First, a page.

As the camera pans the streets of the Ninth Ward on the eve of Katrina, a reporter describes the scene, explains that some people didn't leave because they had no transportation and wonders if the storm is God's wrath raining down on New Orleans. Her sign-off: "This is me, reporting live, Kold Madina. We'll be bringin' y'all more footage very shortly."
The correspondent is Kimberly Rivers Roberts, and she is not a journalist but an aspiring rapper who calls herself Black Kold Madina. Just before Katrina hit New Orleans, Kim bought a video camera; she then used it to capture the damage and drama of the hurricane with a wit and painful insight beyond the gifts of Anderson Cooper. A week later she and her husband Scott Roberts were discovered by Tia Lessin and Carl Deal, documentarians who had worked for Michael Moore. The resulting movie, Trouble the Water, is an endlessly moving, artlessly magnificent tribute to people the government didn't think worth saving.
As the waters rise to the height of a person, the Robertses act as a citizens' National Guard, a more caring and effective FEMA. They take elderly friends to their attic, share food with them, give them comfort. Outside, a neighbor, Larry Simms, stands shoulder-deep in the water, looking for people to save. And all the while, Kim keeps recording, giving witness to nature's fury and the government's indifference.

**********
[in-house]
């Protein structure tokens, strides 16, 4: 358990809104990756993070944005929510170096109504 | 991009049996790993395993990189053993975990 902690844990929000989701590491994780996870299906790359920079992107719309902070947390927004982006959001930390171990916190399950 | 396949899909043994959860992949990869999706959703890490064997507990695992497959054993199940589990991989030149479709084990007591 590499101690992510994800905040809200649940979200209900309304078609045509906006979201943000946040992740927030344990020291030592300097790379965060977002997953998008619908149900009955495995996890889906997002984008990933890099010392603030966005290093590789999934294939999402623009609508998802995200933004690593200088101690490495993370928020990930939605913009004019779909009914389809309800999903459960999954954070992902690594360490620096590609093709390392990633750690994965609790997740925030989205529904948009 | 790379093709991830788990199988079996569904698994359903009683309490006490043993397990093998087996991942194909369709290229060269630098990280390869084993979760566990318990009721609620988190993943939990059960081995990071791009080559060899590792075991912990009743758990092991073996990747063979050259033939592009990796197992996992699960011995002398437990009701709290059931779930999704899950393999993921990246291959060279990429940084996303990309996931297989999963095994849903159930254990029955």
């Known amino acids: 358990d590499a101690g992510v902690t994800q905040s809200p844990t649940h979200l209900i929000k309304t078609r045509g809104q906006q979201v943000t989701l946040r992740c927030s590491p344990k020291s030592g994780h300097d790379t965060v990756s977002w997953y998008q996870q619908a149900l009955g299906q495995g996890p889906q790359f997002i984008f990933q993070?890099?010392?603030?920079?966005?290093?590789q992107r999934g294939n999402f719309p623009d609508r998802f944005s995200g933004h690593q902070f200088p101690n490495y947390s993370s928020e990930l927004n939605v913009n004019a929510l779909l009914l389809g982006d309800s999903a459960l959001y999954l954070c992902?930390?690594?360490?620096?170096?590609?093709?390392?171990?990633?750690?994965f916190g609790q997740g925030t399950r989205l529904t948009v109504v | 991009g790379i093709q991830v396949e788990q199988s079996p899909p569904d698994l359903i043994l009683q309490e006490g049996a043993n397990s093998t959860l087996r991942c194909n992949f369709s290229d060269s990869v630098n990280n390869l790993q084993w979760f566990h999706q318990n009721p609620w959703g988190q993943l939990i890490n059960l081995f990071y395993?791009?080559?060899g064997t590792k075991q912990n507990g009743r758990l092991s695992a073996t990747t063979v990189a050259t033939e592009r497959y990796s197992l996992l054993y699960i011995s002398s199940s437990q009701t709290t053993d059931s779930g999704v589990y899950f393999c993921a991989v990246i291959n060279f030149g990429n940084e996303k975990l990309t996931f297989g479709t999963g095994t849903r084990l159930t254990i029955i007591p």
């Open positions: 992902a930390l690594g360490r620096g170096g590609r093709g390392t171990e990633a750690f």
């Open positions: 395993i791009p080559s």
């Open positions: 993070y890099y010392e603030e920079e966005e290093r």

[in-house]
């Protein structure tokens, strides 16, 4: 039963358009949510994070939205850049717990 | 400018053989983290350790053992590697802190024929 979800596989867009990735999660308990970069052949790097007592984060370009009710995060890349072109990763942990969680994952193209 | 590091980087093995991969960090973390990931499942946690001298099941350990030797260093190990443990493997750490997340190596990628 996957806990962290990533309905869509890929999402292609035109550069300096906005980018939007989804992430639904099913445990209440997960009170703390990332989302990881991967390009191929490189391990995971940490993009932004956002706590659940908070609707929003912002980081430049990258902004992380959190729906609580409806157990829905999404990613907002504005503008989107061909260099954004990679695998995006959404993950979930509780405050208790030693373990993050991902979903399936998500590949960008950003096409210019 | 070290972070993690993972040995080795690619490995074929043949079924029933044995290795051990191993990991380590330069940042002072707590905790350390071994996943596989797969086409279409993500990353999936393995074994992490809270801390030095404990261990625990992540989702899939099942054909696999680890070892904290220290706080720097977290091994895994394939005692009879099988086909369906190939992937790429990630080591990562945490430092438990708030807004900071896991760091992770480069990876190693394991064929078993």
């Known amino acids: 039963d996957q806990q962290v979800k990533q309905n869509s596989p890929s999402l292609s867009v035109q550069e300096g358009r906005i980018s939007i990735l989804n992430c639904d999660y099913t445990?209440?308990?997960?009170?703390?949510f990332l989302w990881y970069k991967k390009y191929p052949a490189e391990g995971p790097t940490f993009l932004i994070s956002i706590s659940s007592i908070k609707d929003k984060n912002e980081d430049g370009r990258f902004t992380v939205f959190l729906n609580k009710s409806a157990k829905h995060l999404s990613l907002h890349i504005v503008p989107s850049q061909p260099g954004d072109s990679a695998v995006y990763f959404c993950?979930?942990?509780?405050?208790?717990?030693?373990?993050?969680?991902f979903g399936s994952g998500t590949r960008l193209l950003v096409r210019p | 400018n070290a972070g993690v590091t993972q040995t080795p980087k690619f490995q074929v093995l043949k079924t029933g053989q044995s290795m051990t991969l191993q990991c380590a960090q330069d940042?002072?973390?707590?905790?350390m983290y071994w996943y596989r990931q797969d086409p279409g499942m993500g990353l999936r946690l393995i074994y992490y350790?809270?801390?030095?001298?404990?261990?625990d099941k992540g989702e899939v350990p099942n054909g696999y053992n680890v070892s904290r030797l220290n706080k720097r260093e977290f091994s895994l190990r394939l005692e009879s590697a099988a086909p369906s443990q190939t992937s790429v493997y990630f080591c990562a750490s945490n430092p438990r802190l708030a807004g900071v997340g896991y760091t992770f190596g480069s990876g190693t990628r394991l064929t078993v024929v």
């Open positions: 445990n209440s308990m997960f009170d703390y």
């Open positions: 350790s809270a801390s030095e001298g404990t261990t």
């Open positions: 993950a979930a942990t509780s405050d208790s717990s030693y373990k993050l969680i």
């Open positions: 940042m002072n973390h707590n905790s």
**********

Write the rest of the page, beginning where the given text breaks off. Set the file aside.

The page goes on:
In their teens, Kim and Scott had both dealt drugs. Kim's brother is in jail. But whatever sorry state they fell in or led themselves to and however catastrophic their lot that last weekend in August 2005, these soul survivors radiate a faith that is deep, sustaining and perennially, impossibly hopeful. They don't pick fights with the police, soldiers and bureaucrats who were AWOL during the storm and who offer little help after it. Kim and Scott are unfailingly courteous. They believe that when disaster strikes, everyone's a victim.
And Lessin and Deal know that the best documentaries reveal politics through personalities. In the gritty, buoyant Kim they found a person who symbolized both the lower depths of urban life and the resilience, when faced with an impossible challenge, to rise to a level higher than flood tide. Maybe Kim, Scott and their crew were no angels before Katrina, but that doesn't matter--because in Trouble the Water, we see the lives of the saints.